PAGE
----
ISACA member Mark Coderre, CISM, CRISC, head of enterprise information security architecture for Aetna, recently received a CSO40 Award, which recognize projects that delivered outstanding business value in 2013.
We chatted with Mark to learn more about his project and to get his perspective on the changing world of cybersecurity.
ISACA: Congratulations on winning the CSO40 Award! Describe Aetna’s project and your role with it.
Mark: The project goal was to streamline global security governance through codified risk assessments and controls for each market Aetna is expanding to. I was the project sponsor and one of the stakeholders.
ISACA: What were the outcomes of the project?
Mark: For global compliance:
- Identification of relevant laws, regulations and guidelines
- Extraction of IT controls
- Mapping into control standards
- Translation to eGRC consumable format (repository)
- Process development
For global risk assessments:
- Risk assessments per country (IT operations)
- Risk-based IT control extraction and mapping
- Process development
ISACA: What advice would you give to other companies looking to conduct a similar initiative?
Mark: Start by understanding the engagement model. Who influences and who leverages this information? Then instrument that engagement model in an eGRC platform for workflow and auditability. Now you are positioned to leverage that information in your IT delivery-governance function and have very crisp data to support any red flags on software releases. This supports mature, repeatable, security-project governance.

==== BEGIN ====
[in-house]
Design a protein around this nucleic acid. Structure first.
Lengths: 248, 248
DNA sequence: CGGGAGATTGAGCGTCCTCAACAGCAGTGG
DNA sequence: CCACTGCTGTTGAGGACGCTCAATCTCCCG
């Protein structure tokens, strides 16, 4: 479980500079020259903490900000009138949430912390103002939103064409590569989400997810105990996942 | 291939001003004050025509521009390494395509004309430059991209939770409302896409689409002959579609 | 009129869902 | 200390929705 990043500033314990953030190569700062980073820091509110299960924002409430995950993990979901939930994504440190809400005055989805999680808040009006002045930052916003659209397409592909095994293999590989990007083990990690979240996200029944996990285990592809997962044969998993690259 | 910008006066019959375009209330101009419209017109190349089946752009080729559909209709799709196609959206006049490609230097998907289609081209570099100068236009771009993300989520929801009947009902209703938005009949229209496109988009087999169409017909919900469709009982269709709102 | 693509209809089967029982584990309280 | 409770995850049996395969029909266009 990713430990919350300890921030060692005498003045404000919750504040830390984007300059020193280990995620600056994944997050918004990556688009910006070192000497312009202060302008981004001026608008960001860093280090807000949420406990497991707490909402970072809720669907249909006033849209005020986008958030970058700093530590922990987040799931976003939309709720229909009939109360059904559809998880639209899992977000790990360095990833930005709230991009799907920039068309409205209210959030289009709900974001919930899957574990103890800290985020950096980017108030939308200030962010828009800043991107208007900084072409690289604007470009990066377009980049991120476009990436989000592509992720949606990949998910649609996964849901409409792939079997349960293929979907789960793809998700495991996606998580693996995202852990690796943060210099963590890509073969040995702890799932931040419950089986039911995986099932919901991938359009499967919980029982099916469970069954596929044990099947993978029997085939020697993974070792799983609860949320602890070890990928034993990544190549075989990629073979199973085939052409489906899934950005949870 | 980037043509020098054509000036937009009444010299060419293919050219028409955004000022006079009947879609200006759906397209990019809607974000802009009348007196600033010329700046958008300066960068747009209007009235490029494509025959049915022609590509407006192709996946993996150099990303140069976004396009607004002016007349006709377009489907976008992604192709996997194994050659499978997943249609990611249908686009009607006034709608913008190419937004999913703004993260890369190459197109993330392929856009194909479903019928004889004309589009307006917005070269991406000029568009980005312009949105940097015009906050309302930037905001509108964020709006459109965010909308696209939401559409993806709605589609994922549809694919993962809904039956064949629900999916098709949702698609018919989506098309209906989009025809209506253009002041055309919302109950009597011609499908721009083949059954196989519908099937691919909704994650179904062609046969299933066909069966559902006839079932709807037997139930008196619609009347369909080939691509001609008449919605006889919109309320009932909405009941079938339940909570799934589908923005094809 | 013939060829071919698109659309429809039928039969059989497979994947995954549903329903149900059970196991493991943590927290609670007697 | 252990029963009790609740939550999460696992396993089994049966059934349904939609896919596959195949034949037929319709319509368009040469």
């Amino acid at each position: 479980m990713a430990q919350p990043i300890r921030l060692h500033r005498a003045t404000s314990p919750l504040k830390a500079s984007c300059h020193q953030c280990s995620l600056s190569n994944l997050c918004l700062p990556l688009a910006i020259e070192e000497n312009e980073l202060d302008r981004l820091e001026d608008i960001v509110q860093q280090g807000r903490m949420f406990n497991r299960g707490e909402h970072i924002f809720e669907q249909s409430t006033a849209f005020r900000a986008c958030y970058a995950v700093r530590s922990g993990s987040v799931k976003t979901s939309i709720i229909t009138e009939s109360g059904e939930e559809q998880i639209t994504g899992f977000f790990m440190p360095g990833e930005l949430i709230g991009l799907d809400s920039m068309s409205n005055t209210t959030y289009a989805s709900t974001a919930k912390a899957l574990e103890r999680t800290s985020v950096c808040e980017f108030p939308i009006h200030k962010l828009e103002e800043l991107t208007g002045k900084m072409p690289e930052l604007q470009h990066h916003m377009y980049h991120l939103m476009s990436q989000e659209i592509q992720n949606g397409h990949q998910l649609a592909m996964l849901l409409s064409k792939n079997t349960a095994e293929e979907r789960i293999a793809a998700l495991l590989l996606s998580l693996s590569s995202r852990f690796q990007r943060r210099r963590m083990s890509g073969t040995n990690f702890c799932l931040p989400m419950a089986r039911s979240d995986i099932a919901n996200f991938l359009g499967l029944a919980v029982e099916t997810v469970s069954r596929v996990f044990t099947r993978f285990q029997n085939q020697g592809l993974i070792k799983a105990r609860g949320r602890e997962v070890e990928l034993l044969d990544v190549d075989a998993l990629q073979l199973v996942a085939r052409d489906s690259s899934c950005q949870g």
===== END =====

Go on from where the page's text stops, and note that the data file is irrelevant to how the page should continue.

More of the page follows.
ISACA: Do you use COBIT at Aetna?
Mark: Aetna’s Internal Audit function leverages COBIT as a reference standard.
ISACA: You are at the front lines of the evolving cybersecurity landscape. What are some of the biggest challenges facing enterprises today?
Mark: New types of IT—cloud offerings, mobile devices and social networking. When those paradigms combine you have new channels that require new control implementations or cause you to rethink policies, education and data-risk classification.
ISACA: You are a bronze-level ISACA member (member for three to four years) and you hold both the CISM and CRISC certifications. How has ISACA membership and/or certification benefited you in your career?
Mark: These certifications are important not just for what they represent on your professional profile, but that you uphold a common set of principles and language that improves the profession and its ability to protect business, people and supply chains.
The most important thing we can do as security professionals is engage on standards that allow us to quickly compare risks and interoperate at a technical level. I also firmly believe in the sharing of “indicators of threat” and identity ecosystems as laid out in the US Presidential Directive for a National Strategy for Trusted Identities in Cyberspace (NSTIC). These both leverage network effect to amplify detective and preventative controls across industries.
Continue the conversation…engage with your peers in the COBIT 5-Use it Effectively topic in ISACA’s Knowledge Center.